decided: September 23, 1974.
Appeal from order of Court of Common Pleas, Trial Division, of Philadelphia, Jan. T., 1972, Nos. 870, 871, and 872, in case of Commonwealth of Pennsylvania v. John H. Warrington.
David Rudovsky, David Kairys, and Kairys & Rudovsky, for appellant.
William C. Turnoff, Mark Sendrow, David Richman, and Steven H. Goldblatt, Assistant District Attorneys, Abraham J. Gafni, Deputy District Attorney, Richard A. Sprague, First Assistant District Attorney, and F. Emmett Fitzpatrick, District Attorney, for Commonwealth, appellee.
Watkins, P. J., Jacobs, Hoffman, Cercone, Price, Van der Voort, and Spaeth, JJ. Opinion by Price, J.
[ 230 Pa. Super. Page 333]
Appellant was tried on indictments charging assault and battery with intent to murder, aggravated assault and battery, assault and battery, carrying a firearm without a license, carrying firearms on public streets or public property, and playfully and wantonly pointing a firearm. At the time of his arrest, in the initial client interview by the public defender, appellant named six persons as possible alibi witnesses. However, later forms listed only five alibi witnesses. These five were interviewed but only two could give any testimony beneficial to appellant.
Appellant was tried in a non-jury trial and was convicted of all charges. Sentence was deferred pending a pre-sentence investigation and the filing of post-trial motions. Motions for a new trial or in arrest of judgment were denied, and appellant was sentenced to two to five years imprisonment on the indictment charging assault with intent to kill, sentence being suspended on the other convictions.
[ 230 Pa. Super. Page 334]
Appellant appealed directly to this court and we granted a Petition for Remission of the Record for the holding of an evidentiary hearing on the issue of defense counsel's failure to call Margaret Johnson as a witness at trial. On December 12, 1973, an evidentiary hearing was held, and on January 5, 1974, relief was denied. This appeal comes from that order.
The facts as found by the lower court are: on December 10, 1971, at approximately 3:50 p.m., Gary Pinkett, a youth worker with the Northwest Mental Health Center in Philadelphia, was shot in the back and left calf. Pinkett testified that appellant definitely did the shooting. He also testified that he had seen appellant before the shooting and knew him by a nickname.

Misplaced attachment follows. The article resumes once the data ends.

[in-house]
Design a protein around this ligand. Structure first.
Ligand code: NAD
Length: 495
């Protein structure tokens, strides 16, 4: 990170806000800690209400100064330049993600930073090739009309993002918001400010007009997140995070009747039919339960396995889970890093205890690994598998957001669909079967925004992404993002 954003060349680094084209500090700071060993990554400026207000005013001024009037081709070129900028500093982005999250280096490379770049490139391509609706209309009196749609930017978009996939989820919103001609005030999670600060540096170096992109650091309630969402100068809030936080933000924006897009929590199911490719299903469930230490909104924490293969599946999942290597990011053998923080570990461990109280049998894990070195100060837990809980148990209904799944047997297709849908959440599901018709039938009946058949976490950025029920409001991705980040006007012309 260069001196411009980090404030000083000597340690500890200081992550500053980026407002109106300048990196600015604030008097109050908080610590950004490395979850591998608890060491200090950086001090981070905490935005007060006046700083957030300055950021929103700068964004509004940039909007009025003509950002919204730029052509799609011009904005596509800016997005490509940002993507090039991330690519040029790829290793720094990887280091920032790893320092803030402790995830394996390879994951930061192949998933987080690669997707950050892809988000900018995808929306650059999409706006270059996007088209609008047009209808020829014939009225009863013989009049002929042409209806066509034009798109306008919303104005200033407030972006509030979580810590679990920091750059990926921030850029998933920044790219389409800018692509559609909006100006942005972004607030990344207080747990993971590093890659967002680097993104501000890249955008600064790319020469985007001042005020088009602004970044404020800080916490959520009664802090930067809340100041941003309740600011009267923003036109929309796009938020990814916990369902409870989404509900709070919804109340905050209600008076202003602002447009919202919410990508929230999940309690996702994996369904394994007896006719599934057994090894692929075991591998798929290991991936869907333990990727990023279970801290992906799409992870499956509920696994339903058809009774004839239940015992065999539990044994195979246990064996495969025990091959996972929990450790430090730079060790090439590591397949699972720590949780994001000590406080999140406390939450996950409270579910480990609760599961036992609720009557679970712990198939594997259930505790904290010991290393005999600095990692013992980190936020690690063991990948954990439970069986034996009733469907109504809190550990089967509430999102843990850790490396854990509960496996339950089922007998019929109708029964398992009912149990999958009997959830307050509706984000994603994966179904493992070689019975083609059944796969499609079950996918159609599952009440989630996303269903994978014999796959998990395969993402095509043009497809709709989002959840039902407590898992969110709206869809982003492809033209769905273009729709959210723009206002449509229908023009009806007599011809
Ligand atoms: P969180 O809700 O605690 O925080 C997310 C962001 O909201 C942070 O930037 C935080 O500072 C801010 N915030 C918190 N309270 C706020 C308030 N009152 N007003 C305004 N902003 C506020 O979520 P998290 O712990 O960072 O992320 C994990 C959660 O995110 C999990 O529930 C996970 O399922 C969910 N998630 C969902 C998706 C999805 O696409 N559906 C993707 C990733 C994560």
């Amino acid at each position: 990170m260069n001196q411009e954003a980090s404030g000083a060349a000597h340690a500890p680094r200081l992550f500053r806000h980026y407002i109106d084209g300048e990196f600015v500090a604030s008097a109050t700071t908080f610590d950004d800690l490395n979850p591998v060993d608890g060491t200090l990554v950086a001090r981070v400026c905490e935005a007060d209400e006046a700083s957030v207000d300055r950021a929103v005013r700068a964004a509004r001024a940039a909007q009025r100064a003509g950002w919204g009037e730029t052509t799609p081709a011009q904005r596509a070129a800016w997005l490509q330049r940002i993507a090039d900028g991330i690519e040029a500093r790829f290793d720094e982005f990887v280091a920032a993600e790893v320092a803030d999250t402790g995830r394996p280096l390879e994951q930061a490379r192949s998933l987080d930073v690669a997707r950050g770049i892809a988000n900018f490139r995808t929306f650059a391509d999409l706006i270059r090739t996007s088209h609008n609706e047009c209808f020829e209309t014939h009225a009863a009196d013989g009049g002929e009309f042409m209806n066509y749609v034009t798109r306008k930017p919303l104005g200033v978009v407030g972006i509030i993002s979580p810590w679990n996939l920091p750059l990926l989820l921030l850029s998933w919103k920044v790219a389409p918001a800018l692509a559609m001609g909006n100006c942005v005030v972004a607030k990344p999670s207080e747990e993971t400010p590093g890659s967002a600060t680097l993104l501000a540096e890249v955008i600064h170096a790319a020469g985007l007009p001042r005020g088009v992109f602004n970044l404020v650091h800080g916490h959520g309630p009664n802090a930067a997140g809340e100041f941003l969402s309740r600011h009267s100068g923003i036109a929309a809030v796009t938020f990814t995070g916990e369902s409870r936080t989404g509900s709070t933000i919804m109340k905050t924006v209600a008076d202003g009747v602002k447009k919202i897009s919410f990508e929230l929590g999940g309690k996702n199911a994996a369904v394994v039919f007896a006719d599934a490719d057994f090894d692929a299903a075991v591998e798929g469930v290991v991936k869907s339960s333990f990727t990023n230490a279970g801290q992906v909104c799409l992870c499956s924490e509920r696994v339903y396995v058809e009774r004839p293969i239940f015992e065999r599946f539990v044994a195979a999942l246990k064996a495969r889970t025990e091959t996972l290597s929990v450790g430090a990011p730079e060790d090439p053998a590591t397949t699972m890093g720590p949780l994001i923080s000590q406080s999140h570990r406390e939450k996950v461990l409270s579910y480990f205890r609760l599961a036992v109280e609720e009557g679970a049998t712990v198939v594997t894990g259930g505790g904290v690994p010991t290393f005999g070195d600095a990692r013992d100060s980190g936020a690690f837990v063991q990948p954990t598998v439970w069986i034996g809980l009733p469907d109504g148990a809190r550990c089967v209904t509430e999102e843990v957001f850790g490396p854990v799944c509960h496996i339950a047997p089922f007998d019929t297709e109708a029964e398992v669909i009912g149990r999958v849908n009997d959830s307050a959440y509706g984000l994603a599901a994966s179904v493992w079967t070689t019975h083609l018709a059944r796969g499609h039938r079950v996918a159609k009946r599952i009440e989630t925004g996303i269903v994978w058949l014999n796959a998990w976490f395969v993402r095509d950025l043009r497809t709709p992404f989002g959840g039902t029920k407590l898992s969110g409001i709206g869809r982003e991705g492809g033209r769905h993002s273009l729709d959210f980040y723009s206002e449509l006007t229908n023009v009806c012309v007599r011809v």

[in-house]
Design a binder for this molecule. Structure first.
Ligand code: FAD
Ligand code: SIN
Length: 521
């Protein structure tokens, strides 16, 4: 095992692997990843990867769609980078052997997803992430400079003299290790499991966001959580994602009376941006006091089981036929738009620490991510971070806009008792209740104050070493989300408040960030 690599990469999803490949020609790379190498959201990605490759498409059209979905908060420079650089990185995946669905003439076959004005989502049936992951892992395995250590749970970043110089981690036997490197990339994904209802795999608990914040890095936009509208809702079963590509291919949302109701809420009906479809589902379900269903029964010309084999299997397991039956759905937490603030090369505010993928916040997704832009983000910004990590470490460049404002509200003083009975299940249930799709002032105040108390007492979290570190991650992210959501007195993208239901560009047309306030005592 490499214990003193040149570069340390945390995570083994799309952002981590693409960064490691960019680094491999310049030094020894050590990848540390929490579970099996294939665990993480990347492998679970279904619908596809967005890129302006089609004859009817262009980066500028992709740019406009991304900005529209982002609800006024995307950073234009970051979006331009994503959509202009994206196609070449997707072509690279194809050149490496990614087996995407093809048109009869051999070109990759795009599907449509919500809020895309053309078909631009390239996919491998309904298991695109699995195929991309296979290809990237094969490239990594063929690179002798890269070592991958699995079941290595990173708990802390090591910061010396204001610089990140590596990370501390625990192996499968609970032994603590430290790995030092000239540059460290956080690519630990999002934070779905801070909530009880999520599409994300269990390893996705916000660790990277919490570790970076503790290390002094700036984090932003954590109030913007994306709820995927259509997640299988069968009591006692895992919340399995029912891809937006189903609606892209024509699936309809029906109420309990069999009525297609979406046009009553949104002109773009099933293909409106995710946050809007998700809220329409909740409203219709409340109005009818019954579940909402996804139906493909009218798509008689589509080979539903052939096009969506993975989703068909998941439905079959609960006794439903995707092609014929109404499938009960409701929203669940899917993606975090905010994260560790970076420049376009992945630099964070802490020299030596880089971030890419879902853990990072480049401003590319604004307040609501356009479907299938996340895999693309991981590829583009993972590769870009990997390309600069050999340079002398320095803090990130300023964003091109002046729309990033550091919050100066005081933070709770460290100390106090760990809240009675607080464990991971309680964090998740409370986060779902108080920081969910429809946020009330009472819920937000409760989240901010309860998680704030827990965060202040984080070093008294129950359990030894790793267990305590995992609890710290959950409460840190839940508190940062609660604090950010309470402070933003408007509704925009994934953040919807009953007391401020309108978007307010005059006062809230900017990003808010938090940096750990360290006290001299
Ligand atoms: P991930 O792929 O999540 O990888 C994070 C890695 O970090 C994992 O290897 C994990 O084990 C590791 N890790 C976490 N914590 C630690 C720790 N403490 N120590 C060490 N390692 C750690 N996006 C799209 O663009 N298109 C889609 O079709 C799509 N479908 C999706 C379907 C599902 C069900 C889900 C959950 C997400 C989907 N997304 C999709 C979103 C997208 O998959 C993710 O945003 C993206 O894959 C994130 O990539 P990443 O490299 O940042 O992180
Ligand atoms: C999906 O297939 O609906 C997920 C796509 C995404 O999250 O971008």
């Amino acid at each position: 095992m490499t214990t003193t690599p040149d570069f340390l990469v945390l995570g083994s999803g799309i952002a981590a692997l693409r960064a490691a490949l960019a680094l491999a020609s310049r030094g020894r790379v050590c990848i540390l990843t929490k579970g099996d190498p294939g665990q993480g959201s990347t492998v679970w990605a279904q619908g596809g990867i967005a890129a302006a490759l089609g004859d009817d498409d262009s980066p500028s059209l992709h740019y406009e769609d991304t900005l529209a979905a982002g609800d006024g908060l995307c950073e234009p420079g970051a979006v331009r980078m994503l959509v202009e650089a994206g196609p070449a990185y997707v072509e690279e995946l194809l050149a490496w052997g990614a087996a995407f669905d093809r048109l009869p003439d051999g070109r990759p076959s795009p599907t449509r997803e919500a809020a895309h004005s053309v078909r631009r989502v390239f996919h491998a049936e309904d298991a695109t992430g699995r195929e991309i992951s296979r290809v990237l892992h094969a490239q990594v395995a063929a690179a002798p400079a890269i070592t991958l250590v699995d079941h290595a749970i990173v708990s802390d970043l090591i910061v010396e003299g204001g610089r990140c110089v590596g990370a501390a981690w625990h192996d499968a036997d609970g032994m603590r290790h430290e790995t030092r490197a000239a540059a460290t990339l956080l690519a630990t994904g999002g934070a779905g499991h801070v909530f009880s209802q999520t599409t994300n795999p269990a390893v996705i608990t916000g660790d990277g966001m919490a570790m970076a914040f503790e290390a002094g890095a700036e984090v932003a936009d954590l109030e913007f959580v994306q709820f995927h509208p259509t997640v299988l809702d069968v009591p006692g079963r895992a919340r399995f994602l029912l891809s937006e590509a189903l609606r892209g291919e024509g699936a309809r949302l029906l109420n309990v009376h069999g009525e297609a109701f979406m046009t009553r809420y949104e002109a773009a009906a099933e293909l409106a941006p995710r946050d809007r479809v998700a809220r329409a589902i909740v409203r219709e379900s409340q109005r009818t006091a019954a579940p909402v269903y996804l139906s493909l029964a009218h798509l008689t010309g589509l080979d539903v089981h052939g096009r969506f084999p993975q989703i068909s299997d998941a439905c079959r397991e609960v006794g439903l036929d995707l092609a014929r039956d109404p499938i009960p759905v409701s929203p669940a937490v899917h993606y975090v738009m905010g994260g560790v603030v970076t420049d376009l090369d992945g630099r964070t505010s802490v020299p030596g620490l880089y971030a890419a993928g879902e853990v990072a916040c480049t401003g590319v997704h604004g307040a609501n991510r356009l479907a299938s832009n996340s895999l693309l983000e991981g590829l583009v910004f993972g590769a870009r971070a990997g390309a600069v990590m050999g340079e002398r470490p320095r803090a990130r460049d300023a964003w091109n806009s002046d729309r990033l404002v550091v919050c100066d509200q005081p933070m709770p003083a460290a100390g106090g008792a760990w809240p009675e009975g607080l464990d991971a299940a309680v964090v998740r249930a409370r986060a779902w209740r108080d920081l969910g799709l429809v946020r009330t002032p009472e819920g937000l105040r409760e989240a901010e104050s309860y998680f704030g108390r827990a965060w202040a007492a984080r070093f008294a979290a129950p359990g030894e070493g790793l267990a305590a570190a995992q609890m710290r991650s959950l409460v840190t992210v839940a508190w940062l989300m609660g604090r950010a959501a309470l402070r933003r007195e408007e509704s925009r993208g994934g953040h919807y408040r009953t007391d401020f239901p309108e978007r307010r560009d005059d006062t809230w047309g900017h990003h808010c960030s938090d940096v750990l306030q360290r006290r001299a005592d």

Appellant offered two alibi witnesses at trial who testified appellant was with them at the time of the shooting. Appellant also took the stand in his own defense. The lower court considered all testimony and resolved the issue of credibility in favor of the Commonwealth. The Commonwealth's witness remained steadfast throughout while the testimony of appellant and the other defense witnesses was not so firm. As the record supports the lower court's decision, that decision will not be disturbed on appeal. Commonwealth v. Zapata, 447 Pa. 322, 290 A.2d 114 (1972).
Appellant now alleges he was denied effective assistance of counsel due to the failure of his court appointed attorney to interview, investigate, or subpoena for trial an alleged critical alibi witness, Margaret Johnson. The court in Commonwealth v. Whiting, 409 Pa. 492, 498, 187 A.2d 563, 566 (1963), defined alibi as "a defense that places the defendant at the relevant time in a different place than the scene involved and so removed therefrom as to render it impossible for him to be the guilty party." See also Commonwealth v. Wongus, 219 Pa. Superior Ct. 149,
[ 230 Pa. Super. Page 335280]
A.2d 666 (1971). Applying this definition to the present case, Margaret Johnson could not possibly furnish appellant with an alibi because, as indicated by appellant's own testimony, he did not see or talk to her until approximately 4:10 p.m., and the shooting occurred at 3:50 p.m., twenty minutes earlier. In addition, Mrs. Johnson's house, where appellant saw and talked to her, is only two blocks from the scene of the shooting. The distance is not so great that it would preclude the possibility of appellant committing the shooting and still having time to arrive at the Johnson home by 4:10 p.m.
The well settled standard to be applied when determining effectiveness of counsel was set forth in Commonwealth ex rel. Washington v. Maroney, 427 Pa. 599, 235 A.2d 349 (1967). The court there stated: "We cannot emphasize strongly enough, however, that our inquiry ceases and counsel's assistance is deemed constitutionally effective once we are able to conclude that the particular course chosen by counsel had some reasonable basis designed to effectuate his client's interests. The test is not whether other alternatives were more reasonable, employing a hindsight evaluation of the record. Although weigh the alternatives we must, the balance tips in favor of a finding of effective assistance as soon as it is determined that trial counsel's decisions had any reasonable basis." 427 Pa. at 604-605, 235 A.2d at 352-353. See also Commonwealth v. Robinson, 452 Pa. 316, 305 A.2d 354 (1973).
In the present case, as Mrs. Johnson could not furnish appellant with an alibi, we cannot say that failure to call her was an unreasonable decision as relates to the alibi defense. Her testimony would have been unrelated to appellant's alibi. The lower court concluded that any testimony offered by Mrs. Johnson would have been merely cumulative. The record supports this conclusion and it will not be disturbed.
[ 230 Pa. Super. Page 336]
Appellant's second argument, that the court below applied an erroneous standard in denying appellant a new trial, is based on the incorrect assumption that counsel was ineffective in not calling Mrs. Johnson as an alibi witness. We, therefore, need not be further concerned with appellant's second argument.
The order of the lower court is affirmed.
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